Contrast this with the Al Jazeera English and Arabic channels beamed from Qatar, the tiny Gulf state, which reach large viewership across continents; and they are not necessarily Moslem viewers alone. Quality stands out. Question could arise as to how India with its huge size could not come up with a global TV network. The answer may not be too difficult to fathom. Almost all Indian TV channels have business or political interests driving them. Thus excellence in journalism has never been a matter of priority for the Indian owners.

India’s Doordarshan seemed a poverty stricken channel. In the year 1990, Satellite Television Asia Region (STAR) and later CNN came in and started beaming news and other programmes, some related to American propaganda about the Gulf War, in a high-voltage manner and changed the way Indians were treated to visual programmes and news. The BBC maintains its old aura, and reaches Indian homes too. Sky TV, Fox TV and a host of other television channels revolutionized the way the world watched TV in later years. The wars in the Middle East, like the overthrow of Saddam Hussein and the play of Patriot and Iraqi Scud missiles over the skies, reached homes around the world live, adding to the popularity and reach of Western TV channels.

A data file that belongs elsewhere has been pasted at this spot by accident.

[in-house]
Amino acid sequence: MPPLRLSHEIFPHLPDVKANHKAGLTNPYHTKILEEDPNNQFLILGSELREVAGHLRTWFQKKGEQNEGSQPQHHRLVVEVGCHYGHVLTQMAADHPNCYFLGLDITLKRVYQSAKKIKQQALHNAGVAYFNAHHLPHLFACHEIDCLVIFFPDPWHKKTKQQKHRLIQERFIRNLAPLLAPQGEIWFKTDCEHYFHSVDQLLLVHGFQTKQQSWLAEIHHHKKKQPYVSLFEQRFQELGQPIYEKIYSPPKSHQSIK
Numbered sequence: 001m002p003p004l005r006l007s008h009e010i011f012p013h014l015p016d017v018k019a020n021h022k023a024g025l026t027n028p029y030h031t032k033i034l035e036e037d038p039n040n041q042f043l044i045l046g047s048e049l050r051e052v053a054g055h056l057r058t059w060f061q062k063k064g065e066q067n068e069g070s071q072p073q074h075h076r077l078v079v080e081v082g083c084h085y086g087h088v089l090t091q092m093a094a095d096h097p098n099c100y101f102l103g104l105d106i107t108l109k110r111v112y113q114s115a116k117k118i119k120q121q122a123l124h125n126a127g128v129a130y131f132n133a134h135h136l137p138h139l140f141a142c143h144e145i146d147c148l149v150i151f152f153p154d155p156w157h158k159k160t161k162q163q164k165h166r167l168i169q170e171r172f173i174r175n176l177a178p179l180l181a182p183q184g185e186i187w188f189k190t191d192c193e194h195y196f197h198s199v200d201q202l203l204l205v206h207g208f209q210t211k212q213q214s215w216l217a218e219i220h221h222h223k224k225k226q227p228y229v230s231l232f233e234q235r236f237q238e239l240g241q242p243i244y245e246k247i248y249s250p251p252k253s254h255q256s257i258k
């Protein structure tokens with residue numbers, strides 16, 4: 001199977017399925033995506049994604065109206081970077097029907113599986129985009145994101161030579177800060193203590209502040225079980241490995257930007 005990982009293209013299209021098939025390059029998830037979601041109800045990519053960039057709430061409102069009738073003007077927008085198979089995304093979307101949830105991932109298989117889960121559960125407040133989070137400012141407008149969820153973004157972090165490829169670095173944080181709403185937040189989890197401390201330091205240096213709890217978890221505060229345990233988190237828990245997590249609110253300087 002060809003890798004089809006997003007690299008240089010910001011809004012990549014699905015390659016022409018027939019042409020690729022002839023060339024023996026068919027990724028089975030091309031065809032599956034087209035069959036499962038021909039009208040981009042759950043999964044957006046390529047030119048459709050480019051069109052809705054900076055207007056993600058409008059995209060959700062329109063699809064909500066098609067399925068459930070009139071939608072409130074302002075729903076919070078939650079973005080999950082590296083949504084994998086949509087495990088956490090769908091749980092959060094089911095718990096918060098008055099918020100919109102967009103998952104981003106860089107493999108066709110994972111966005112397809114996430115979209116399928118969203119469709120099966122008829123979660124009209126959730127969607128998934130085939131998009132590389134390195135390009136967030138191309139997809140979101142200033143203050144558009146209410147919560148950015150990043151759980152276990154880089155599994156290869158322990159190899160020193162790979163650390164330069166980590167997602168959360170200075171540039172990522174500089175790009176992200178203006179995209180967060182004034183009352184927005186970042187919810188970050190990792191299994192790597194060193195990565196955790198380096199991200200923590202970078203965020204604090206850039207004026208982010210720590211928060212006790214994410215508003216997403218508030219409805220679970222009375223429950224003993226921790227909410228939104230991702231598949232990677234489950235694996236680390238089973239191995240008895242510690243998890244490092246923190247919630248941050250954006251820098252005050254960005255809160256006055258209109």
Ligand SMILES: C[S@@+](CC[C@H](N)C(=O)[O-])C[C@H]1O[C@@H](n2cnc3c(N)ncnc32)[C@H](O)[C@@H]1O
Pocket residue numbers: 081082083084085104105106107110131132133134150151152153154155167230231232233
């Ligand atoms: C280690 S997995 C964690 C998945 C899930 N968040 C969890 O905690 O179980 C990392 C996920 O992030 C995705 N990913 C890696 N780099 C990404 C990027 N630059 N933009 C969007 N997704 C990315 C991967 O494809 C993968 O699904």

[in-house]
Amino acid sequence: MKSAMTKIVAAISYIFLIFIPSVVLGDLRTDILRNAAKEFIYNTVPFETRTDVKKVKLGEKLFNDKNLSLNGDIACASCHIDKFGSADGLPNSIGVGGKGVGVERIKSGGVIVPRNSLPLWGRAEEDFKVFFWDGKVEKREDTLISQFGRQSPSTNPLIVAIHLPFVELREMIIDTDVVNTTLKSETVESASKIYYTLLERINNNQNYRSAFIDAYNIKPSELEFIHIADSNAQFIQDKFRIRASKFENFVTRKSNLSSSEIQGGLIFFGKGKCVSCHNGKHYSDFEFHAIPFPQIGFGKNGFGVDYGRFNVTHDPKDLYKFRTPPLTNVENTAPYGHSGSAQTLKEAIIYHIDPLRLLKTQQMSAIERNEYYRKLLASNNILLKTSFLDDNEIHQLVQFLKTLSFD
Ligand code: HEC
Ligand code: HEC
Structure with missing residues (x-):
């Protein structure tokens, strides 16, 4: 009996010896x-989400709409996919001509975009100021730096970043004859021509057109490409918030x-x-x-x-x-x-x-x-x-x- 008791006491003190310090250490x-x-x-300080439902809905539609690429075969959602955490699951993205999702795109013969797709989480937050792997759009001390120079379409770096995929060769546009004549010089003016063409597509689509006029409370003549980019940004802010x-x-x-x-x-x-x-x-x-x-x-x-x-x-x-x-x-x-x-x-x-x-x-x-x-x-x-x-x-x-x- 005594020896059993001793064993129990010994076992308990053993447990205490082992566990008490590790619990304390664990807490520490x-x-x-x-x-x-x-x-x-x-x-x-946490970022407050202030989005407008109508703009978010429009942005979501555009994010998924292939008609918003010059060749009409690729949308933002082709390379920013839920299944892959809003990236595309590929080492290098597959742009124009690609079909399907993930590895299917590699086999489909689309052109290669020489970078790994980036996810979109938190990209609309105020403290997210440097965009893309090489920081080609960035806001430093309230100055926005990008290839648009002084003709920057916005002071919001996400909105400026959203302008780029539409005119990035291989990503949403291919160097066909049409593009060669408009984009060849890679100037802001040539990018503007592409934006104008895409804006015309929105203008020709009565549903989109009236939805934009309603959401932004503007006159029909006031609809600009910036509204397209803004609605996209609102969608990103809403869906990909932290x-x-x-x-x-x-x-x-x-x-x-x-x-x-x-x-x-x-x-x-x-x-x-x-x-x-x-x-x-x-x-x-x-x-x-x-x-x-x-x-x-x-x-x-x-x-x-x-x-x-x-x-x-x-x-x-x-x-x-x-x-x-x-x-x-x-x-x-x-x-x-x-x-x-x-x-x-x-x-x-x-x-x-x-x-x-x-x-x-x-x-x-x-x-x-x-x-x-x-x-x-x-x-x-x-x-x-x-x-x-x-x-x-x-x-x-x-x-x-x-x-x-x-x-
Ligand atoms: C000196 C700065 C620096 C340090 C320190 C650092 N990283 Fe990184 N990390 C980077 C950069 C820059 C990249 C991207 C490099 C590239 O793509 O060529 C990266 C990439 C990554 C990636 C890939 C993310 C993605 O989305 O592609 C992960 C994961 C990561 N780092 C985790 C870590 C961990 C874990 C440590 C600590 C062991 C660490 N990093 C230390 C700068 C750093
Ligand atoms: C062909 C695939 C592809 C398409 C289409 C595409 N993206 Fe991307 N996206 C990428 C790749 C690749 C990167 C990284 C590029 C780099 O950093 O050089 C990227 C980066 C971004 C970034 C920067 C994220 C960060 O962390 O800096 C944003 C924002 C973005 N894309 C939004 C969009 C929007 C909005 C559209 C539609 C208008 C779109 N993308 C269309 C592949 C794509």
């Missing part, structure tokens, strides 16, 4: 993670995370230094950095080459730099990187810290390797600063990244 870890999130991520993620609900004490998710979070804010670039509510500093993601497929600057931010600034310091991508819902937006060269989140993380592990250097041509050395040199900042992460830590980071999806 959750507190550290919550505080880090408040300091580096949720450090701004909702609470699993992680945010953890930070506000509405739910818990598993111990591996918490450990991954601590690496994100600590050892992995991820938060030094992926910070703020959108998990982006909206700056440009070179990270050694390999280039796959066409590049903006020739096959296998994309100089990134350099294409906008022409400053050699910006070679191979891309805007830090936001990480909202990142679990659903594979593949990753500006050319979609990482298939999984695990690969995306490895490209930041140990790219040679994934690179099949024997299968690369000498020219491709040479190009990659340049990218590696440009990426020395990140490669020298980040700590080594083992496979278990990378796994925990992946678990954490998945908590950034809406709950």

By contrast, what the Indian TV News channels specialize in is panel discussions in which the host makes a hero out of himself, with a bunch of mostly sad, faceless, meek participants make a laughing stock out of themselves. Otherwise, it is Rhea Chakraborty dominating the screen in what is being termed a ‘media trial’. Reaching out to the wider world for the Indian media is easier said than done. 

The Prime Minister, it seems, needs very many such activities to throw up regularly to entice people and make them discuss something new each day. That, probably he thinks, will keep the citizens’ focus away from real life problems facing every Indian today; all due to massive governance mismanagement. 

The last one, as far as one can remember, was about the possibility of making India the toy manufacturing hub of the world; a field in India has no name and China and Japan lead the way. These are just pointless exhortations that do not sound true anymore. 

INDIA HERE AND NOW http://www.indiahereandnow.com